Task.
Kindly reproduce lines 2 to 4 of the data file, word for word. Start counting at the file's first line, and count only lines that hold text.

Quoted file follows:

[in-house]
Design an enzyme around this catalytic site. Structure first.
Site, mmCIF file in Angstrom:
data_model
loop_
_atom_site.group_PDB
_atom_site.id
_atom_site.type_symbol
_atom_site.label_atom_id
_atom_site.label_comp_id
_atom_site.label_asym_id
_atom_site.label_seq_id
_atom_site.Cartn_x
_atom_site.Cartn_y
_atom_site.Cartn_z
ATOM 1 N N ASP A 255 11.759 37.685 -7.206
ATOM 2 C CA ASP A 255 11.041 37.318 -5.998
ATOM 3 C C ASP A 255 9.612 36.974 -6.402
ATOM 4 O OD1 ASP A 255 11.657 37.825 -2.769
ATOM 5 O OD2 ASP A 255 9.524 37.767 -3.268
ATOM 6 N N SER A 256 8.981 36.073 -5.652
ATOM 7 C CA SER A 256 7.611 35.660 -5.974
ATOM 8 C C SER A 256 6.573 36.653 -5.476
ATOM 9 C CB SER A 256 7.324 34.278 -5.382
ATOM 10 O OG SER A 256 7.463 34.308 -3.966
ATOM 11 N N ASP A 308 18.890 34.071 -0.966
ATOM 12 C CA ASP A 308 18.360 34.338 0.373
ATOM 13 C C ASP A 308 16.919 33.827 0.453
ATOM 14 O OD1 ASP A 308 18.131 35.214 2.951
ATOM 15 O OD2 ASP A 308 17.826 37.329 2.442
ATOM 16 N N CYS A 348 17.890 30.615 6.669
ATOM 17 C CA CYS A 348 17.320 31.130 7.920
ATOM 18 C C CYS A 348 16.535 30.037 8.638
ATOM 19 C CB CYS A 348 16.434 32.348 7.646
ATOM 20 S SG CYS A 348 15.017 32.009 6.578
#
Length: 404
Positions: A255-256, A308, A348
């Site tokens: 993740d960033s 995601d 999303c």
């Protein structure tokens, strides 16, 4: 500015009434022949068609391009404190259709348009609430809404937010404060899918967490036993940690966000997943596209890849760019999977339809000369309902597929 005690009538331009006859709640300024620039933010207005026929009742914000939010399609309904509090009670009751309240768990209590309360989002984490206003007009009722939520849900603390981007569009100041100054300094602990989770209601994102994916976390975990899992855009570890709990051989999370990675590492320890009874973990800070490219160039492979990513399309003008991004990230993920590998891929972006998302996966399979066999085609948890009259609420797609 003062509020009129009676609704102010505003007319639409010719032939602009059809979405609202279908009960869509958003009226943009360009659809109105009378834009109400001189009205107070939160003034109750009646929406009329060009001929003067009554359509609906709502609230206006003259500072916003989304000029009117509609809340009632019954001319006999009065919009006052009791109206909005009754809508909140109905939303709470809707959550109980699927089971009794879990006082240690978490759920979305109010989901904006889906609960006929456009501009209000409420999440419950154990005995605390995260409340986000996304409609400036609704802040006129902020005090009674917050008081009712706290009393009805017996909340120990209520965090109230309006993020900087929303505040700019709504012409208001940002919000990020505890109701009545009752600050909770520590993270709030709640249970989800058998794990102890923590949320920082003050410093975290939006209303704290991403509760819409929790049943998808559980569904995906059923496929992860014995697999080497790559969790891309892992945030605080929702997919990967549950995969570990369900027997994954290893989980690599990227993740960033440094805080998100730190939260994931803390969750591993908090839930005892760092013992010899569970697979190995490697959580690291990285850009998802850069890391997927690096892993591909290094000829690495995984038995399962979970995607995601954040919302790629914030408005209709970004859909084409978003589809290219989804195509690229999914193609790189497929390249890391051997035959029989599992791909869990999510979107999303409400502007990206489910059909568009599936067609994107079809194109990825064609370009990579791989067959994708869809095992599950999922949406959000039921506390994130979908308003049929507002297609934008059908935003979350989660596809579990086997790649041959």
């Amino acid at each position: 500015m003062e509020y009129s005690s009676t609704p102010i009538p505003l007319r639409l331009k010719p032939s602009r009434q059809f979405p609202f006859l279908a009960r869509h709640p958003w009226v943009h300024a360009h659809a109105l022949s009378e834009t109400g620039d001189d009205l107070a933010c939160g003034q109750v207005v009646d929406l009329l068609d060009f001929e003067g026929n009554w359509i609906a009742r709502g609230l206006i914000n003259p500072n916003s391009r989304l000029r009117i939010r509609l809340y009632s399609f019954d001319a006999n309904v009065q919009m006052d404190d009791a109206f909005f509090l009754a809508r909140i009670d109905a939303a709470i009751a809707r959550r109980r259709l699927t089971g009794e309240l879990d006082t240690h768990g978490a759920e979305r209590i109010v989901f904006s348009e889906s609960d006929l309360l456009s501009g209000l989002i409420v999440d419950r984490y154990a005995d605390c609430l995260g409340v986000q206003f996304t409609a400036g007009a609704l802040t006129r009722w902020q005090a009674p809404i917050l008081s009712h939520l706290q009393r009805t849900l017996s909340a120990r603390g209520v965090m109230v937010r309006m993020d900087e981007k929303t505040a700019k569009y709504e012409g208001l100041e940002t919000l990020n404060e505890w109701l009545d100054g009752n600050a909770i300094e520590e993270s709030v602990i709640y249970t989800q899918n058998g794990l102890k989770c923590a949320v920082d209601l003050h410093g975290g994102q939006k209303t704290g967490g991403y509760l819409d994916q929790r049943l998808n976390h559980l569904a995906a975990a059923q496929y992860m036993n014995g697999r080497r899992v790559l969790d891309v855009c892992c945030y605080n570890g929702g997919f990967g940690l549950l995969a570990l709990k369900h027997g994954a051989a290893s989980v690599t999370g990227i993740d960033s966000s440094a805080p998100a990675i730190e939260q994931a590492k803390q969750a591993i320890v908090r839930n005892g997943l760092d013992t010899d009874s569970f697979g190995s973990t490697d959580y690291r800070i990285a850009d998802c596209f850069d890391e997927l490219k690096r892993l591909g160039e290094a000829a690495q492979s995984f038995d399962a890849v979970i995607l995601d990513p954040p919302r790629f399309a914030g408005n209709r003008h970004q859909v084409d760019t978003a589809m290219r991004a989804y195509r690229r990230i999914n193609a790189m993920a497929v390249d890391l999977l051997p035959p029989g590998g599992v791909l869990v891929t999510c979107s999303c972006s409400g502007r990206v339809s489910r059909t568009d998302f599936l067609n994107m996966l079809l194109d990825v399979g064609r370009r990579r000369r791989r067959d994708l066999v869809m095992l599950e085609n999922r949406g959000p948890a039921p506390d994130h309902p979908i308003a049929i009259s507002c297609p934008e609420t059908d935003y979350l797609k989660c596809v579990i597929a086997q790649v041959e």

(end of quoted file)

Design an enzyme around this catalytic site. Structure first.
Site, mmCIF file in Angstrom:
data_model